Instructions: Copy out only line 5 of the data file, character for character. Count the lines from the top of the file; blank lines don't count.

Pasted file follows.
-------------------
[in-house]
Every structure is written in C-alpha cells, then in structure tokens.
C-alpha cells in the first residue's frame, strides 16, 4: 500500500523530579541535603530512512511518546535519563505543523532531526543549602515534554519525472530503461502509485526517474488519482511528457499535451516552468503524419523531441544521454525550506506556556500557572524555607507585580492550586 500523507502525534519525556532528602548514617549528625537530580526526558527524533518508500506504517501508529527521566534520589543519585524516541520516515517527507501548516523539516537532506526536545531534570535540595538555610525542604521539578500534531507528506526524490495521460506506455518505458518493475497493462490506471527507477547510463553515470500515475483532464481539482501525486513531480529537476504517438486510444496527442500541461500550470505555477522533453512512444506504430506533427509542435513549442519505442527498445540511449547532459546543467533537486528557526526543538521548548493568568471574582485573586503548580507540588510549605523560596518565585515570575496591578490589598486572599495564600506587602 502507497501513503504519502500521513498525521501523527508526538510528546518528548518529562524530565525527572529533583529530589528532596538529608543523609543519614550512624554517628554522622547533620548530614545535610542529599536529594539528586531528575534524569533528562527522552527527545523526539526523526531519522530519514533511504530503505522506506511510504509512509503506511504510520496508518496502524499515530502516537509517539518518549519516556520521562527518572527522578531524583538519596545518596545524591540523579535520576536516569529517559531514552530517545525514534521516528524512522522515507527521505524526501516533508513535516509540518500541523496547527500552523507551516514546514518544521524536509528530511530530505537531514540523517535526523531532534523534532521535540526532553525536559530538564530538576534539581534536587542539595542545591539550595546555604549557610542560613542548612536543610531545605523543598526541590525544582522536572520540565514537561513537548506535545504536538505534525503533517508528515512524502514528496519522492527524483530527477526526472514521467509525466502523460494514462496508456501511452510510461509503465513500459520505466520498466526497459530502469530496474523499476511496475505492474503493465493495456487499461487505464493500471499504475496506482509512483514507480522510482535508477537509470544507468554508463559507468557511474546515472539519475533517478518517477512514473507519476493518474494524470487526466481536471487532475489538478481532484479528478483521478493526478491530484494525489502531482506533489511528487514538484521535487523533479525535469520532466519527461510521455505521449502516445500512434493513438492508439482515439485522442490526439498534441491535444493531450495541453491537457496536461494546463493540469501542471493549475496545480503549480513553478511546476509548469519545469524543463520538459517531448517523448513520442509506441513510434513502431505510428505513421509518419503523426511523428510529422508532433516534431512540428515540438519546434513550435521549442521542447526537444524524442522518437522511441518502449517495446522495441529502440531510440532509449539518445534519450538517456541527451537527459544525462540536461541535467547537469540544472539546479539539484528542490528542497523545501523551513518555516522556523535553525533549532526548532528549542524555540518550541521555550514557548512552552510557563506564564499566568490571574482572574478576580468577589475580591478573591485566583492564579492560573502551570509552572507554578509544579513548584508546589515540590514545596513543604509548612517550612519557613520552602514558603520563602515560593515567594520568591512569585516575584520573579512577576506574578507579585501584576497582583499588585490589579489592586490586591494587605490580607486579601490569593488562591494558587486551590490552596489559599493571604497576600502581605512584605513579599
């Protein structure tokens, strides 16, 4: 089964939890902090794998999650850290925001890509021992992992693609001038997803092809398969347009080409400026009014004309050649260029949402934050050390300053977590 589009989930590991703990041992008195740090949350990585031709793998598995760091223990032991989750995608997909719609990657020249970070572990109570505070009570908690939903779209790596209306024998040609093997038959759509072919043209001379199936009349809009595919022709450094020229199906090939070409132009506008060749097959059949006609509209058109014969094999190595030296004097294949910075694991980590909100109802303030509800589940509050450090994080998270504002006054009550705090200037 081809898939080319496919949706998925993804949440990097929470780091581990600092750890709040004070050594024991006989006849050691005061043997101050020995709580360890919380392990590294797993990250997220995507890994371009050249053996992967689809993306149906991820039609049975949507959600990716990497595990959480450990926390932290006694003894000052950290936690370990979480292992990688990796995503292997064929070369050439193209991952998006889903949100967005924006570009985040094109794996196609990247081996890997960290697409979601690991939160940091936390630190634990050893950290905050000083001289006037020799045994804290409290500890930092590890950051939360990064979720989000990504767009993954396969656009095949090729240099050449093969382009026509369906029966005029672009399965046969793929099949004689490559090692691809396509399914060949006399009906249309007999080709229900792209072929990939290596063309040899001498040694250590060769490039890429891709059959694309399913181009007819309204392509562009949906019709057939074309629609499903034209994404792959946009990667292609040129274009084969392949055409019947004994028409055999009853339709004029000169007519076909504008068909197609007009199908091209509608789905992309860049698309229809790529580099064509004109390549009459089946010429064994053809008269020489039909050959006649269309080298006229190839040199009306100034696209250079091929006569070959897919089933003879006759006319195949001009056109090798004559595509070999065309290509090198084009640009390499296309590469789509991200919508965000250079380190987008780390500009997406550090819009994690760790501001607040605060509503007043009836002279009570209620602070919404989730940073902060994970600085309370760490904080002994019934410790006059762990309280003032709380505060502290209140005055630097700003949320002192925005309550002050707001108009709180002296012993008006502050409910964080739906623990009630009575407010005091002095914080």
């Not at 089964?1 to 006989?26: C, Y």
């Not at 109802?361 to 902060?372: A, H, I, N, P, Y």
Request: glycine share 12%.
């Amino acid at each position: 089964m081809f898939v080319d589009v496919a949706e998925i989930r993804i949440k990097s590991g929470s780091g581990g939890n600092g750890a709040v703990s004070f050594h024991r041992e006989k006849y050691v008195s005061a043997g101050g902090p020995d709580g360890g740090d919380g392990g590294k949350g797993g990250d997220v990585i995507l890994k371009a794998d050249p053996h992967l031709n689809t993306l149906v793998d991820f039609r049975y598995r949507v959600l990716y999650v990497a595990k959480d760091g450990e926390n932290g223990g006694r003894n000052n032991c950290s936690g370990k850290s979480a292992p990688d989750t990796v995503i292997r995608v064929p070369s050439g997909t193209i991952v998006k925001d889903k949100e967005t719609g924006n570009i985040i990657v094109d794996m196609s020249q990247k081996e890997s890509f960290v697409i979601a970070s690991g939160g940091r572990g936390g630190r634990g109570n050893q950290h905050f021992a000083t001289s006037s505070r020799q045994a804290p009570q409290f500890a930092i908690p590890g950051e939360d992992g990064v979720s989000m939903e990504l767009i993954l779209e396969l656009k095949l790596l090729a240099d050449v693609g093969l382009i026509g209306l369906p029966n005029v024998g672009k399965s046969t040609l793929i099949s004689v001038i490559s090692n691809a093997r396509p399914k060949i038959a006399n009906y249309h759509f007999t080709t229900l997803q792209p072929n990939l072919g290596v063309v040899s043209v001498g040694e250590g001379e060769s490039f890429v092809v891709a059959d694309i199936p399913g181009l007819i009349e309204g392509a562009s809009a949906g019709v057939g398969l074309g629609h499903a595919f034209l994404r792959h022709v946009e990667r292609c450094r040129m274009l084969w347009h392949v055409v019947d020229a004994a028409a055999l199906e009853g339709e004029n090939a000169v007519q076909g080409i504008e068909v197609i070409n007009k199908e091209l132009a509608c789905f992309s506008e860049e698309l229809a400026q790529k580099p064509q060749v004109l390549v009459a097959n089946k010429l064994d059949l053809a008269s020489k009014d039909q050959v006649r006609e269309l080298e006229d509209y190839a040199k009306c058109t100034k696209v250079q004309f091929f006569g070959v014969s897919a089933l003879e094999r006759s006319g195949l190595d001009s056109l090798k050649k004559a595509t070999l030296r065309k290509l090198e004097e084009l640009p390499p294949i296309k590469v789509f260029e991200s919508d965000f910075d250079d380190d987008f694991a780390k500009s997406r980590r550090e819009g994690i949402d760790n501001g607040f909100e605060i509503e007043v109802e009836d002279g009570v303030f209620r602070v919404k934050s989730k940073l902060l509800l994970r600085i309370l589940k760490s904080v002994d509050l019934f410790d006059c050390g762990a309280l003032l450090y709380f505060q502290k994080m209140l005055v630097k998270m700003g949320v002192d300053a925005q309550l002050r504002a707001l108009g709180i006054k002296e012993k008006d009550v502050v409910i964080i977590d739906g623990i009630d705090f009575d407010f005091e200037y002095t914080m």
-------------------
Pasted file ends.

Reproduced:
């Not at 089964?1 to 006989?26: C, Y």